It turns out that once my partner allowed me to step in as his personal stylist, he then felt free to work on developing his style. Otherwise, he was style stuck. It passively happened to him because he didn’t put active energy into working on his style the way he put it into his actual work. It’s the kind of thing that creeps up without realizing that it’s something to work on and overcome.
Today, my partner receives a lot of positive attention. At the office, colleagues have quietly taken notice of his evolving look. They notice his eyewear upgrade. And the quality of his latest shirt acquisitions. Once in a while, he finds an occasion to wear a sport coat — just because he wants to. He looks more like a friendly and creative team leader, and this directly relates to his operational work style. It’s not just dressing well, it’s feeling comfortable in the clothes you wear. This can only help him promote his abilities as he continues on his career path. This impacts his growth opportunities within the firm, as well as how he attracts new clients.
A new pair of stealthy Blake Kuwahara eyeglass frames send a focused visual message. As eyewear rests right on the face, the statements they make are among the most important of any clothing or accessory item.
Of particular note, his clients also see a shift in his appearance, and they like it. To them, he looks like the quality of his work product. Plus, he looks like a valuable external part of the various client teams of which he is an integral part. His work product and compassionate disposition are crucial to the actual work he does. So, the way he literally appears in front of his clients supports the way he naturally behaves. In no way does his fashion sense masquerade any professional shortcomings. He shows up looking equally as spiffy as his level of professionalism.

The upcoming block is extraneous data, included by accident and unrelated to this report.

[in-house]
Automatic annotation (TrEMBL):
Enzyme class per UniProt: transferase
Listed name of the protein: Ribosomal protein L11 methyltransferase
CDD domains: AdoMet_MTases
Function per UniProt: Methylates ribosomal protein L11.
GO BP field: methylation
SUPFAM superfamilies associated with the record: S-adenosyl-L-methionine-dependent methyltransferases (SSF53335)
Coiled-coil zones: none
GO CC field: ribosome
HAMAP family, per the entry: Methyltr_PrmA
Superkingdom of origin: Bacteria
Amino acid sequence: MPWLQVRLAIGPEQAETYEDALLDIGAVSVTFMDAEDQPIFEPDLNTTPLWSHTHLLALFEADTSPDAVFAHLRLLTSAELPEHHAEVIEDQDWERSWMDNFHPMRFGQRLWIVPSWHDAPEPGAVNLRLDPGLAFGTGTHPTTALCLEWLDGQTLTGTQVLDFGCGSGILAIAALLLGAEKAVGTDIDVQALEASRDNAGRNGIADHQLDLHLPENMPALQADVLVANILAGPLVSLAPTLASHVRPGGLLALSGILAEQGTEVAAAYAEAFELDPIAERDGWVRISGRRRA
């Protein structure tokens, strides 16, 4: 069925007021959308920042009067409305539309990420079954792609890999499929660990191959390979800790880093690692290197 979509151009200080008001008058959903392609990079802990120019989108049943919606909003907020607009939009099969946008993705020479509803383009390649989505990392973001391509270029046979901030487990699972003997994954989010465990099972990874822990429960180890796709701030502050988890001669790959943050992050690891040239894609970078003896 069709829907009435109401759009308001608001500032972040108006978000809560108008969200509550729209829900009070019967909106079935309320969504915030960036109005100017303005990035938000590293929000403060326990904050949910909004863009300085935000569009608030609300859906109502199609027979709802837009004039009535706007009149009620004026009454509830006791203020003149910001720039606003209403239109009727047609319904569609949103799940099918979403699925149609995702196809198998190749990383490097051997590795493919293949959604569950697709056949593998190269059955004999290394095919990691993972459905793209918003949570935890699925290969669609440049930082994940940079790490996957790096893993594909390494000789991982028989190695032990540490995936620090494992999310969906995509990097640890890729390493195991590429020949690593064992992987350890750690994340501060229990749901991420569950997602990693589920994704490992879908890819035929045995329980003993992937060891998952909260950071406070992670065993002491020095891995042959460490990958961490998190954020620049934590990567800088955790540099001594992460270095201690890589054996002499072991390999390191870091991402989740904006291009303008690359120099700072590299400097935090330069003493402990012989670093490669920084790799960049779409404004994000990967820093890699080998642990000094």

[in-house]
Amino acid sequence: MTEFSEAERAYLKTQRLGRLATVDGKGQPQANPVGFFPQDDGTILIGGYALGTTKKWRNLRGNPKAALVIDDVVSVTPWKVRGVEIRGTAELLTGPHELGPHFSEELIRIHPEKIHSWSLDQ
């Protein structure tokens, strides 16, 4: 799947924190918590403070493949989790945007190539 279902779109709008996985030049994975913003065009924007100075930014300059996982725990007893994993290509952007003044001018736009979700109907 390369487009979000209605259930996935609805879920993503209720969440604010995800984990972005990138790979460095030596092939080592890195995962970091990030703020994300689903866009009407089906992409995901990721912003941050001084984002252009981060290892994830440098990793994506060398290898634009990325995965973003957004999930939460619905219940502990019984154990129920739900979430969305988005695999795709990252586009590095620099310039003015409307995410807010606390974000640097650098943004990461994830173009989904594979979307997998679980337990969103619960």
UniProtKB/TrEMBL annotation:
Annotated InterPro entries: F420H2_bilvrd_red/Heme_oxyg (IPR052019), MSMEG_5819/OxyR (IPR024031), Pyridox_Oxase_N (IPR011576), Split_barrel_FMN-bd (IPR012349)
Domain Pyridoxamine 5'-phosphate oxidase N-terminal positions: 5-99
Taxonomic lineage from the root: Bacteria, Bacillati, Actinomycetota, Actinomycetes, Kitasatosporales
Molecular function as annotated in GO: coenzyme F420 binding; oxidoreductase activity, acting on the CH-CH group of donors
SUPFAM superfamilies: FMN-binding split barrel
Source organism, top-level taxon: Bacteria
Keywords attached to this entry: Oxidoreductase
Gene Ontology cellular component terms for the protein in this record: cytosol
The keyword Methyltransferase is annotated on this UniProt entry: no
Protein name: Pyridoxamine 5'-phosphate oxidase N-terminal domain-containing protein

It’s so much fun watching him receive compliments on his eyewear, for instance. Or a beloved hat that he chose all on his own. He gets more compliments on that hat! That recognition is special because it reinforces that people notice him. Even more than a self-confidence boost, he understands that he is connecting with people. It could be a colleague or a wine shop merchant in the neighborhood.
In all cases, his appealing personal style emanates his inner energy, and people he encounters everywhere tap into it. He takes pride in his updated style. But, it’s more than pride in his style. From the outside in, that sense of pride, and the favorable interactions that come from it, remind him about being his very best self from the inside out. This is what fashion freedom is all about.
Destined to become a “style savant,” as clients describe him, Joseph Rosenfeld has come a long way from humble beginnings. It’s a journey he was born to take, so he could heal and transform, and then take others on theirs. “Style is more than the way you look,” Joseph says, “it’s about setting intentions for how we want to see ourselves before others do.” The goal is projecting confidence. So, others see you at ease with who you are and how you show up. In the end, you know who you are, and so does everyone else around you.